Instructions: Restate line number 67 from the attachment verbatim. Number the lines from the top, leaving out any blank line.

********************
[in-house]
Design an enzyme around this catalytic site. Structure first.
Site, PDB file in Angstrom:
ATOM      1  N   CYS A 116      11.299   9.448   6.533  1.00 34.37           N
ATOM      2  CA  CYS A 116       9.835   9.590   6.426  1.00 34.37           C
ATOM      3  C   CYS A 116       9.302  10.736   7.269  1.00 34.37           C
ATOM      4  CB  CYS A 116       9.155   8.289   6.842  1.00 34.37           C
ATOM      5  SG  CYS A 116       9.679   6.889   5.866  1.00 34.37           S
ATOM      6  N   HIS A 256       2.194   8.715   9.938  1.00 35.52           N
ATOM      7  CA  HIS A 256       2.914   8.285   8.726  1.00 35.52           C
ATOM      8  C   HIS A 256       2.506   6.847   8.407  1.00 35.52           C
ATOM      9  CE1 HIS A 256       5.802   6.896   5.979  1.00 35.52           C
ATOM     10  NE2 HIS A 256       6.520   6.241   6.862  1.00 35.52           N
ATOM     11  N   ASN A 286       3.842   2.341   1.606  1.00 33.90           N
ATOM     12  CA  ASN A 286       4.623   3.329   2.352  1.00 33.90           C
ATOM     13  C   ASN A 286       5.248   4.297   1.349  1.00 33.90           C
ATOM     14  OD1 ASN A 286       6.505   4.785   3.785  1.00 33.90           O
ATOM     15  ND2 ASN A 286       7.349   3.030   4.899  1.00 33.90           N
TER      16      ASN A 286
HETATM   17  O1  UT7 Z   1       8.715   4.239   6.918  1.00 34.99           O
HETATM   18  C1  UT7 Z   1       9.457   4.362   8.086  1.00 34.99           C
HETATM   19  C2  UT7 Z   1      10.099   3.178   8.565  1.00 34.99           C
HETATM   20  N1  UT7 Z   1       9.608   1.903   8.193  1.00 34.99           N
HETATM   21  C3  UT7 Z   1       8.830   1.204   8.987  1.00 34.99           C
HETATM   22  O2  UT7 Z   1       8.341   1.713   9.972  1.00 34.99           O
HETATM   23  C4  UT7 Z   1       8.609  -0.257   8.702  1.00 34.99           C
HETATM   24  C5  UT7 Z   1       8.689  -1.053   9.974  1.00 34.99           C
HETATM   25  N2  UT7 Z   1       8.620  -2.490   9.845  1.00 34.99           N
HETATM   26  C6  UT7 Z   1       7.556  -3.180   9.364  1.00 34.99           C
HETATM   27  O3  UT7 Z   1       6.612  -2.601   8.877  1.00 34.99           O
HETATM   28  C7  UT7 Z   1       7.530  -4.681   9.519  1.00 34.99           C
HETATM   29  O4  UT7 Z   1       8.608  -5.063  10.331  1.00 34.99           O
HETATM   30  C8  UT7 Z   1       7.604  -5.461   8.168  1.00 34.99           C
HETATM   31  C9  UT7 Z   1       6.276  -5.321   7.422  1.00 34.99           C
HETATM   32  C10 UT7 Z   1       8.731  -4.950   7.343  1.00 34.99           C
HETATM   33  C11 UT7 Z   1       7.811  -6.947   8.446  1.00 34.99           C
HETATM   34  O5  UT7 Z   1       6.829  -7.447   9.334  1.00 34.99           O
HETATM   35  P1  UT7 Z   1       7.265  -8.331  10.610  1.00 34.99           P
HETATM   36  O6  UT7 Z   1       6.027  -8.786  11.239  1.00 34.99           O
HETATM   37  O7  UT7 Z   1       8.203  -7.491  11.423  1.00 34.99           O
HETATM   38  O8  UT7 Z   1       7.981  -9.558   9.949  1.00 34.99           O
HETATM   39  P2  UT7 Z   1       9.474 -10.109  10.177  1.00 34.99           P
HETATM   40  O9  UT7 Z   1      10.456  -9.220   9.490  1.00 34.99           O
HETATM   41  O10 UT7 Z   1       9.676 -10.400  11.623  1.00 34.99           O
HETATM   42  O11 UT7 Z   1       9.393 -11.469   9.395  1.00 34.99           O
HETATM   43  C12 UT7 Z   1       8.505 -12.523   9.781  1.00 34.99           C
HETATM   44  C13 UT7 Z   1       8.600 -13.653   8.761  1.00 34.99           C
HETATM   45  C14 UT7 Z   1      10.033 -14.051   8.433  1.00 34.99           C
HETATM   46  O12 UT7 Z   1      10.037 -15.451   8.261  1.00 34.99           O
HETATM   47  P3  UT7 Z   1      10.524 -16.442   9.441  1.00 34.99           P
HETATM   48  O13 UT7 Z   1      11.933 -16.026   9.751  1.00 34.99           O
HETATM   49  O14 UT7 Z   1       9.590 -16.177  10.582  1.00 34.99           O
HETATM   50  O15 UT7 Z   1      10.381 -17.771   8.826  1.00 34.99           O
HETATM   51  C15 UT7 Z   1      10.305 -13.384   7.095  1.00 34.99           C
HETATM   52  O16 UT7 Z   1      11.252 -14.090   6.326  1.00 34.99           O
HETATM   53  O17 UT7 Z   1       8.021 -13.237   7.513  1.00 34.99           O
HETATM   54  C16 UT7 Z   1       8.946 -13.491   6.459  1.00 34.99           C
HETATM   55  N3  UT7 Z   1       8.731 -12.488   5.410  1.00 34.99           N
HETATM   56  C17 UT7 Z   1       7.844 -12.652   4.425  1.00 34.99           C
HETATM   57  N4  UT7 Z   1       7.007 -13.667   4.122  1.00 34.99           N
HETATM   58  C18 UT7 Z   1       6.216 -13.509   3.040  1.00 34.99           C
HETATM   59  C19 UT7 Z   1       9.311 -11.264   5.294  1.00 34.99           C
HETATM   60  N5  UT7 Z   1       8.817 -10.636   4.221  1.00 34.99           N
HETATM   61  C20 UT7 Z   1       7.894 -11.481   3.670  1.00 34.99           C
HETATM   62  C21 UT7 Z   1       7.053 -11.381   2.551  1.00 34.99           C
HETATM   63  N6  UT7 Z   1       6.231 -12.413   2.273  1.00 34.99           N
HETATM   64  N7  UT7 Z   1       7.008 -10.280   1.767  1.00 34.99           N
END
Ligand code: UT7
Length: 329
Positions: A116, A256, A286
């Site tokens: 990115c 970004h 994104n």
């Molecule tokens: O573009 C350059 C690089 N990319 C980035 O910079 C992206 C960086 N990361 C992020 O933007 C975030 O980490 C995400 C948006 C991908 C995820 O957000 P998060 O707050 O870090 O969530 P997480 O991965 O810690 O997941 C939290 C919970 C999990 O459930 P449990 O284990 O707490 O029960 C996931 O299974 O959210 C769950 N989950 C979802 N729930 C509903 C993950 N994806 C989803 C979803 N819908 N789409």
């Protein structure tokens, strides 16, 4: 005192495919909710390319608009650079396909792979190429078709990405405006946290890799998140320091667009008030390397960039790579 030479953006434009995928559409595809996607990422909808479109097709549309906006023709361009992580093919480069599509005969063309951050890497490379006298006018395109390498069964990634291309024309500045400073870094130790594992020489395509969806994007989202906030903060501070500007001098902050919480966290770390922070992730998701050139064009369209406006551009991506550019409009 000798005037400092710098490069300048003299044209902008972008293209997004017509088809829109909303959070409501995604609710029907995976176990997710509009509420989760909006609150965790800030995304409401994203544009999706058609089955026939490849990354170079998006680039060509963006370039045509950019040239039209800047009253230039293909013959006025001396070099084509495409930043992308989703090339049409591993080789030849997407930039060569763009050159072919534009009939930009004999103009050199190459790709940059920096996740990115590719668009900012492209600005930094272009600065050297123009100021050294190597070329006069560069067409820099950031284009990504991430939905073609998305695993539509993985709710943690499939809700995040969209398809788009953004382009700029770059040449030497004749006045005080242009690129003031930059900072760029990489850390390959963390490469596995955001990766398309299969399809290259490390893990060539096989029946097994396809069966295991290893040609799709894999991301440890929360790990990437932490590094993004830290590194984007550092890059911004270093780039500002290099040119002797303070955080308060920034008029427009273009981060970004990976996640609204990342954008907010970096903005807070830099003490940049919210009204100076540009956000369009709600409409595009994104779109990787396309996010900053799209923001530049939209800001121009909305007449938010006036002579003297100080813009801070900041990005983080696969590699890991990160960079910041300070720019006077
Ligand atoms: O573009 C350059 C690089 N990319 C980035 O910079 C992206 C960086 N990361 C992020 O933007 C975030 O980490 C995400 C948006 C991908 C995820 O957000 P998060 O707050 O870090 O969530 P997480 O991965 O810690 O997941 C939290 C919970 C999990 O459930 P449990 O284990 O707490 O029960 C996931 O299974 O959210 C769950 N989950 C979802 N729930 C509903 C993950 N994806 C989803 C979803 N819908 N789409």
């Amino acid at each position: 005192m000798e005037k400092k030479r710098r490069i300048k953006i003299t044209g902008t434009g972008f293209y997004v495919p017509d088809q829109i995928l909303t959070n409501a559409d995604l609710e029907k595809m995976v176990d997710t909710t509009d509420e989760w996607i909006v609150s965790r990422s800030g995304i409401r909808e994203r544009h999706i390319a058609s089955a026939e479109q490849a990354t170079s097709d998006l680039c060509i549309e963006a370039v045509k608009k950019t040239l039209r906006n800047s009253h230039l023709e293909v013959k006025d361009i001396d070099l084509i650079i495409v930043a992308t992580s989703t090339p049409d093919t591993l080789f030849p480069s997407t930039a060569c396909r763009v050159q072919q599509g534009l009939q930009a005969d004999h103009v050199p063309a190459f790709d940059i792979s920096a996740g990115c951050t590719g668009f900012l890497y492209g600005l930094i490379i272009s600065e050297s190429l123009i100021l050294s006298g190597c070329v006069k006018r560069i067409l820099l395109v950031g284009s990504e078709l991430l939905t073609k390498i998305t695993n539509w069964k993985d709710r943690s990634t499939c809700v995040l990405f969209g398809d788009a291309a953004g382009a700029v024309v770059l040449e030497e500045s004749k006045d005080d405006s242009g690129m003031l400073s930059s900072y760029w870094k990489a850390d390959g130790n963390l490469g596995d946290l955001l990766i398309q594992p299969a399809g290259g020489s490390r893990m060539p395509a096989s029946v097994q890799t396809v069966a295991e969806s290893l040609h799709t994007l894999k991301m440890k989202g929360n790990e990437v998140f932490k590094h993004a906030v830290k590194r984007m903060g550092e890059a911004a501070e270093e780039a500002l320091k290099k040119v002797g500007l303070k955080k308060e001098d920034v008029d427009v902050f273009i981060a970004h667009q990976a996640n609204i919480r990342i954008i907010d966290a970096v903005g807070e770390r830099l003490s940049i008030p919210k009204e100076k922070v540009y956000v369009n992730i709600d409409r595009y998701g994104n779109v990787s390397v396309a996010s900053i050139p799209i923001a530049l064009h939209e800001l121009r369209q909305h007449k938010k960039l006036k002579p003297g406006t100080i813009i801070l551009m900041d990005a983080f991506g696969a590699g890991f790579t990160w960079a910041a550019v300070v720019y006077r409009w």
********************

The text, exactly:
HETATM   64  N7  UT7 Z   1       7.008 -10.280   1.767  1.00 34.99           N